Monthly Archives: April 2012


There is an understanding among the media scholars that viral media such as meme has similar ideas to the human biology. The ideas are that it can self-replicate, spread/transmit, and become viral.

In reading If It Doesn’t Spread, It’s Dead by Henry Jenkins, he proposed the Spreadable model for viral media—to put an emphasis on the activity of the consumers! The consumers are also seen as the multipliers of those viral media objects. He also proposed a grass-root circulation of the content instead of the centralized one that is put in the hands of media producers.

In today’s blog post, I will be talking about meme. This is how Google defined “Meme.”


What I see in this definition are two common denominators: human and culture. Personally, I see the Internet as a culture itself; yet, it is not difficult to hear the other side of this argument: it is just a tool. However, we won’t be getting into this argument. We will take it as a culture in this blog post.

Nowadays, when one talks about meme; everyone would first instantly refer to those viral funny images/GIFs that travelling around from sites to sites. For examples, the troll faces. According to Memes: The New Replicators by Richard Dawkins, some memes stay alive longer in the meme pool because they have won the attention (brain space) and time usage of the viewers than their rival memes. In today world, it’s easy to say that memes have become common cultural references for people. The Internet has facilitates a faster rate for information to travel through different locations.  Hence, it has inevitably creates a mutual culture across continents. For instance, a troll face reference can be understood not just in the USA but also in other countries that English is not their native tongue. To Dawkins, a meme spreads due to its acceptance to the population that understood it. Yet, a notion that something spreads, and something survives might not be the same notion. Both Dawkins and Jenkins believed that for an idea to survive longer, it needs to get referenced even long after it spreads. An example of this could be found on In the popular meme section, we could find many memes that were very viral, but no longer popular (E.g. Brown Twitter Bird). Some of them are originated from a special event at the time it appeared (e.g. Inception). Yet, we still could find many memes that are continuously getting referenced (E.g. Like a Boss). Thus, it is understandable why meme could be compared to genes. They multiply, repurposed, and adapt to the environment. The one that survives is the one that easiest to modify for different communities’ references (e.g. troll memes).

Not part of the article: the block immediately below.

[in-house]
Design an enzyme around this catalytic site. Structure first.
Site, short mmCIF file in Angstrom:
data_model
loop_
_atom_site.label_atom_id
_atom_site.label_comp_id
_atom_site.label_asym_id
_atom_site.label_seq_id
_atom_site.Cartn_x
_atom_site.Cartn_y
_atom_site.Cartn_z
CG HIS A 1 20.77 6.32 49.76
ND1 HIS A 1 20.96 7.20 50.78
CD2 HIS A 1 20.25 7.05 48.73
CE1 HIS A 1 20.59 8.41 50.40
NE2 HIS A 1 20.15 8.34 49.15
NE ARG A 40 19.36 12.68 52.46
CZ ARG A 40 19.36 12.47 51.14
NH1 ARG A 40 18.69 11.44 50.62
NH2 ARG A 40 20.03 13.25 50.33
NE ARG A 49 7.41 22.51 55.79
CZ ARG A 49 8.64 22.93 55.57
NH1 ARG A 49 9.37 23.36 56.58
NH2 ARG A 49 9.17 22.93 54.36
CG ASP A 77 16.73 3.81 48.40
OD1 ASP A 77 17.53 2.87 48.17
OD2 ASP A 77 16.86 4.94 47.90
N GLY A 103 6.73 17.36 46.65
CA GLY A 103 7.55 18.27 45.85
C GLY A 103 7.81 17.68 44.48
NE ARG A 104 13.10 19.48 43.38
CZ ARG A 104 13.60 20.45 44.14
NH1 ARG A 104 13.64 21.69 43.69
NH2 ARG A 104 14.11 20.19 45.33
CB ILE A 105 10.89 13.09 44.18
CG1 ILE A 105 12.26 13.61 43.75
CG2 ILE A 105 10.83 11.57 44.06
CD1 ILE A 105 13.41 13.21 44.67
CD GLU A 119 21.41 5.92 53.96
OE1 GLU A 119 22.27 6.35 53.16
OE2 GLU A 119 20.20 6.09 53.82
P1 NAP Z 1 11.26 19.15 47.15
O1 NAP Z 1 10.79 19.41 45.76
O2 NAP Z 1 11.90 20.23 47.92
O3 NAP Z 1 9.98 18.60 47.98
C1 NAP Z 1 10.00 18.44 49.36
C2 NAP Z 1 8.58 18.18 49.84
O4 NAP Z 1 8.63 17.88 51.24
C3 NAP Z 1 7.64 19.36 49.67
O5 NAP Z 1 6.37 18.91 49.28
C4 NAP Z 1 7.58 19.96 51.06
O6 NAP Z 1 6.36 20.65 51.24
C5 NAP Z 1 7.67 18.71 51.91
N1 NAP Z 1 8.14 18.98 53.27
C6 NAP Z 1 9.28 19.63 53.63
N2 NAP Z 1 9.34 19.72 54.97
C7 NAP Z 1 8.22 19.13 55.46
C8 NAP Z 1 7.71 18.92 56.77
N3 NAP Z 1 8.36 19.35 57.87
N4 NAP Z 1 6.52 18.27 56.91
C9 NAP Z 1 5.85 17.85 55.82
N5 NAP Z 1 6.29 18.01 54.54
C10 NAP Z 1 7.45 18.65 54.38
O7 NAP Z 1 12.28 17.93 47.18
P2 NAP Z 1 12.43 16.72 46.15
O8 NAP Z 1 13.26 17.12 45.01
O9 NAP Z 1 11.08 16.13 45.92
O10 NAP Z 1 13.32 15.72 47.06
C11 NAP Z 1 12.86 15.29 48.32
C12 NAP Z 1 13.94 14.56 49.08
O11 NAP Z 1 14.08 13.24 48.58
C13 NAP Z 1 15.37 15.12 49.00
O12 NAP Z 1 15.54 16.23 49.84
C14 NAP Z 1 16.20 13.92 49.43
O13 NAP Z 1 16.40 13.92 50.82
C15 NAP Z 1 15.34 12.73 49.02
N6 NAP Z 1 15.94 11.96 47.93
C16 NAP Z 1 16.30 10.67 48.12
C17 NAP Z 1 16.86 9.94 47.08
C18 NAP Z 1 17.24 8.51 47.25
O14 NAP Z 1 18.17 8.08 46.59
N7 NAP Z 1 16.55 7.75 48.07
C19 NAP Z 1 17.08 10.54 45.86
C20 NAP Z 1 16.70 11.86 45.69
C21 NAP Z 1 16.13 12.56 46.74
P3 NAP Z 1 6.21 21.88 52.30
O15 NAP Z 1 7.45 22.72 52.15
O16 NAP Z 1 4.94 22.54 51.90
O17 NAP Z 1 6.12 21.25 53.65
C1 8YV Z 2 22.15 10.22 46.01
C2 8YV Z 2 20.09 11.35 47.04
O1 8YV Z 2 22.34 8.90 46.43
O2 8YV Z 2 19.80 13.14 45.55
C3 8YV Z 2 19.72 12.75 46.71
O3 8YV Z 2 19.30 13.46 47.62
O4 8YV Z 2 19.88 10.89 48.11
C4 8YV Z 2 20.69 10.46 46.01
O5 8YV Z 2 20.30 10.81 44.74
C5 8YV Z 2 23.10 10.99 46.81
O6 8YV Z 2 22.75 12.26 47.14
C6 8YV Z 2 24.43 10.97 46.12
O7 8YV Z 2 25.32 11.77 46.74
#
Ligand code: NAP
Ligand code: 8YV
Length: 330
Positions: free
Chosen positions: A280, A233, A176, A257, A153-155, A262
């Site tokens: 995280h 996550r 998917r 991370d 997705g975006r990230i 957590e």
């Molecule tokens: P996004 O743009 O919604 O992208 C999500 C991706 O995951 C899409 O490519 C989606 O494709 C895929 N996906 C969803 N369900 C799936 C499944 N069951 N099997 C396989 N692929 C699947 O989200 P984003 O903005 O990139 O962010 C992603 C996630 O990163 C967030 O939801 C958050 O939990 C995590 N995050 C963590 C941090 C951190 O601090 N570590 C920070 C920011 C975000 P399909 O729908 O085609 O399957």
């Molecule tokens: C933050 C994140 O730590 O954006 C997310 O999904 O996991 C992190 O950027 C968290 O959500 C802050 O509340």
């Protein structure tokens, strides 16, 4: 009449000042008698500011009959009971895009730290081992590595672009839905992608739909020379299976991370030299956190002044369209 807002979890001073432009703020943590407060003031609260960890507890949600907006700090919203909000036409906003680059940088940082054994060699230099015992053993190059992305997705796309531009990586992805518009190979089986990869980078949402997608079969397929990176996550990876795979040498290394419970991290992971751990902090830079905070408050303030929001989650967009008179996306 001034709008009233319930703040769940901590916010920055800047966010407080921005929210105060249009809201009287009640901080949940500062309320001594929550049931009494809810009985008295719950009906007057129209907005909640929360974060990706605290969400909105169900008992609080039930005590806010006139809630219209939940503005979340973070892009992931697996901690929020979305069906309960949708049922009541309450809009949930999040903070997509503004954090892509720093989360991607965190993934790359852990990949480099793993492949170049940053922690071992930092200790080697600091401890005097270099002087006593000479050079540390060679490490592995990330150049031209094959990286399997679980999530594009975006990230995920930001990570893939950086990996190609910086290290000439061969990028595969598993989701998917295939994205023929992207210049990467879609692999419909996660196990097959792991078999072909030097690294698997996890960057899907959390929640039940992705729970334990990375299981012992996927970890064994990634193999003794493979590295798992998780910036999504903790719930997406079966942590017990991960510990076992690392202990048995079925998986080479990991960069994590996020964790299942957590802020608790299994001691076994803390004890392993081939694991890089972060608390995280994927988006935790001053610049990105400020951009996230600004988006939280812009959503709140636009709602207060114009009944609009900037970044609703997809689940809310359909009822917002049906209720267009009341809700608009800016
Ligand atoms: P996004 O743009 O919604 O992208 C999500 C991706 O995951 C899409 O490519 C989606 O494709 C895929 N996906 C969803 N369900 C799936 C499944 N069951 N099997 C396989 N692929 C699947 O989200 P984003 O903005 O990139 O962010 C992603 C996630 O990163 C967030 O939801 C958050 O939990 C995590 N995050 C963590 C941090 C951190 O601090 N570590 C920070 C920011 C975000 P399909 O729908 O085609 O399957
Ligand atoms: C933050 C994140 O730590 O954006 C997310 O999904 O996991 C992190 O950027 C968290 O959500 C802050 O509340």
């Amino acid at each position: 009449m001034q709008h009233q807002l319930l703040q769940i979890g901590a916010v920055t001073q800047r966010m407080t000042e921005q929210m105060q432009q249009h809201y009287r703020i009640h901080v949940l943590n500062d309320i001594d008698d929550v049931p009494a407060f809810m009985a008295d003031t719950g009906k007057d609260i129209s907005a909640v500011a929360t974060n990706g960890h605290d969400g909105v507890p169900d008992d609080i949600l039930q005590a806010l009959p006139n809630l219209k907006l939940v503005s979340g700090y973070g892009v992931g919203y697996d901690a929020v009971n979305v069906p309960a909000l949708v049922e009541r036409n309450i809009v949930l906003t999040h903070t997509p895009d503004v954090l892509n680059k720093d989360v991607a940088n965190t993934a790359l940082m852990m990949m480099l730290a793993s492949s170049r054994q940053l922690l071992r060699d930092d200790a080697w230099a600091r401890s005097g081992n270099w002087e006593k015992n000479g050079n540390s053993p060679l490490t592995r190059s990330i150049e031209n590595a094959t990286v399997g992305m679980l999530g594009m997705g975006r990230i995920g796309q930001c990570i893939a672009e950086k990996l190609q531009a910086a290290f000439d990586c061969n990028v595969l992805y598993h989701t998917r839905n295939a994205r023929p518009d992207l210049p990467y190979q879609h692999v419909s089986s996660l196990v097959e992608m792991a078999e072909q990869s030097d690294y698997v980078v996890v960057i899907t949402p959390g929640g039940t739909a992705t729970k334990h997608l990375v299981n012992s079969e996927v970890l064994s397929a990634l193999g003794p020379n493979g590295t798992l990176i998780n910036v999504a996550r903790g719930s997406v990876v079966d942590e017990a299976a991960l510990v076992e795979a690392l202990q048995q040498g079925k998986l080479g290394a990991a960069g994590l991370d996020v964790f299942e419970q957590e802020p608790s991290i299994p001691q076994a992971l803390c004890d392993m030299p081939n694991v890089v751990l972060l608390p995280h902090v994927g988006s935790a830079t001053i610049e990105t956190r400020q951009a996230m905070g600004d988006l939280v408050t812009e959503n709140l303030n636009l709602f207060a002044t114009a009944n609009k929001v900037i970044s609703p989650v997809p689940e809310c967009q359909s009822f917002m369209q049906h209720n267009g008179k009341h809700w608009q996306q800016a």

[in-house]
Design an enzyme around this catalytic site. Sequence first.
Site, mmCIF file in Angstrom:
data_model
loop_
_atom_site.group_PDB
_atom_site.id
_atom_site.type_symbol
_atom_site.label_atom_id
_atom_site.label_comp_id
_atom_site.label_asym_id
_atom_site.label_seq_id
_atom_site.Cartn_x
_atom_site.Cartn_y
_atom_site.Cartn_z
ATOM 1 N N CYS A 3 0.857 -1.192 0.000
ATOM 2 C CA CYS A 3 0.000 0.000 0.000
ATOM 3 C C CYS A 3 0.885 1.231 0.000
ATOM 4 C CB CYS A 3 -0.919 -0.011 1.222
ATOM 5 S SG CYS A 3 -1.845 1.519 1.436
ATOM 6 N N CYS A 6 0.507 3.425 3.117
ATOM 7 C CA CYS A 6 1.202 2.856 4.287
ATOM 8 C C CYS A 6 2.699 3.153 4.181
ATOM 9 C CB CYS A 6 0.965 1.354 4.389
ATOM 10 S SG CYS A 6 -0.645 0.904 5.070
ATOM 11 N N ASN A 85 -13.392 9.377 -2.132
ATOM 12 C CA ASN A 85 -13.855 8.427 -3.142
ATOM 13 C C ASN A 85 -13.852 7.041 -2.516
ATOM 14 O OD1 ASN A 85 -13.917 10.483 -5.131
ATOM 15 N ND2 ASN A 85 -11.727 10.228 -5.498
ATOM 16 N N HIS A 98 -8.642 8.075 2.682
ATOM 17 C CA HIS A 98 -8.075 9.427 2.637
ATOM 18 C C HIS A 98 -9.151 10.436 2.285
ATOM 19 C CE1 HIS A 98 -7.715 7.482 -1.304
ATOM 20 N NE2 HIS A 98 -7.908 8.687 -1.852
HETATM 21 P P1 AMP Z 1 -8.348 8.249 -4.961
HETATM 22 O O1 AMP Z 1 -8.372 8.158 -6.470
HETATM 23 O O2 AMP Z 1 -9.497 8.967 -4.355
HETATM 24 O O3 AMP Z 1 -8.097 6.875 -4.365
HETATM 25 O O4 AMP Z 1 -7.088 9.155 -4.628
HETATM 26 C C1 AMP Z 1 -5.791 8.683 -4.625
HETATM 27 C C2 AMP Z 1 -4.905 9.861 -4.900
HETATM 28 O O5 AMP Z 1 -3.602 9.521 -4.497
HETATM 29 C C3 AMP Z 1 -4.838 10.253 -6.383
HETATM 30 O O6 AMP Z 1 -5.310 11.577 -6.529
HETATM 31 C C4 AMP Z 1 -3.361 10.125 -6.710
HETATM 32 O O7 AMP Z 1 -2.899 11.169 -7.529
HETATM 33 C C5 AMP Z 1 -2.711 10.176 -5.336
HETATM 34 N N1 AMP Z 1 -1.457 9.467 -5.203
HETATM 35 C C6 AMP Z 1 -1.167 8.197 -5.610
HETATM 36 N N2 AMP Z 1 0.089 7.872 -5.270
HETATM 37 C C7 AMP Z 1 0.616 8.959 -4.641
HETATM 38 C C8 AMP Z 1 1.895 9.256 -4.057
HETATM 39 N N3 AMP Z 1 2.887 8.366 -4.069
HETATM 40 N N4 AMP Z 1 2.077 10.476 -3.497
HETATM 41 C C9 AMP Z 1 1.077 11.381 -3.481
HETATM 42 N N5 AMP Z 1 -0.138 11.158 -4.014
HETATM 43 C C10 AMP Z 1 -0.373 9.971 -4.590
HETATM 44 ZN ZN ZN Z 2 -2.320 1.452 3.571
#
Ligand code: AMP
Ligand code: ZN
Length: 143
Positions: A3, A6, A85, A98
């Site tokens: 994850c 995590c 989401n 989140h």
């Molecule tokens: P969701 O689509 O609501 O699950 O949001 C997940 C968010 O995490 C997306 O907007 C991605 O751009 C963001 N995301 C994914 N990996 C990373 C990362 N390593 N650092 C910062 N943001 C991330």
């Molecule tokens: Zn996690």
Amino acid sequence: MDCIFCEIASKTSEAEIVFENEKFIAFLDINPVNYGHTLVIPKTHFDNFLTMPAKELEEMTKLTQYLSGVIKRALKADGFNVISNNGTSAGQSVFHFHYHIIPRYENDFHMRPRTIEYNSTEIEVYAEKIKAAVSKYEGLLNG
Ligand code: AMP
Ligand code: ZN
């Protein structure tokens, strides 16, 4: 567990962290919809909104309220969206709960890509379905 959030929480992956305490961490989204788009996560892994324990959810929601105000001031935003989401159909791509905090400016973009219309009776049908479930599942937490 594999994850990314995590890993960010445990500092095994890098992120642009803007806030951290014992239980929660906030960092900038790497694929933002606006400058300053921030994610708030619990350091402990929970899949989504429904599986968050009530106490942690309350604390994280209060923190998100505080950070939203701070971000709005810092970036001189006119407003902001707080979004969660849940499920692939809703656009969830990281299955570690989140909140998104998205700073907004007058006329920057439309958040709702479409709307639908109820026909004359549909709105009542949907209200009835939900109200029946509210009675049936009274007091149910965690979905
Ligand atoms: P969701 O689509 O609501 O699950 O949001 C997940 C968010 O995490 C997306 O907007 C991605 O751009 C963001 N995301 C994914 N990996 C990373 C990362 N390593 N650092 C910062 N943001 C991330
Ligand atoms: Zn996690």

Coming back to the notion of time that Dawkins mentioned. With a faster rate of transmission, we have a much larger amount of information to digest. Therefore, a meme needs to be even more particular and creative to catch our attention. An example for this is: I remember when I was an IB student back in high school. An Internet meme called: “You know you are in IB when…” got popular among the IB schools. It was a very long meme. Yet, most IB students I know sat through the whole things, and shared it around to other IB students. We still reference that meme now. Yet, the people that are not in IB program would have no idea what we talk about because this meme was so particular to only IB students. However, these days, there is another meme called “What people think I do/ What I really do…” and it is a different story. People pass it around even though the meme might not particularly be about them. They pass it around because of someone they know of, or just feel like it’s true. These people are the connectors of those bow-tie networks. It is how meme makes it across different communities. What is the difference between these two memes? There is no visual in the first one. The second one has visual, which captures the attention better. Moreover, the second is short, only 6 frames of picture and short descriptions. Because of information overload, people start to only skim through what they read; thus, that’s why the second meme has become extremely viral.

So what is the point? We know that the human factor in the culture is what really decide whether the object gets spread around. Thus, like Jenkins suggested, if a company wants to get its message across to different flatforms, it needs to put the emphasis on the activity of consumers. There are several things it needs to remember: not only its message need to be strikingly different from its rival, it also need to focus on those connectors in the bowtie networks. They are the one that would facilitate the message to different network communities.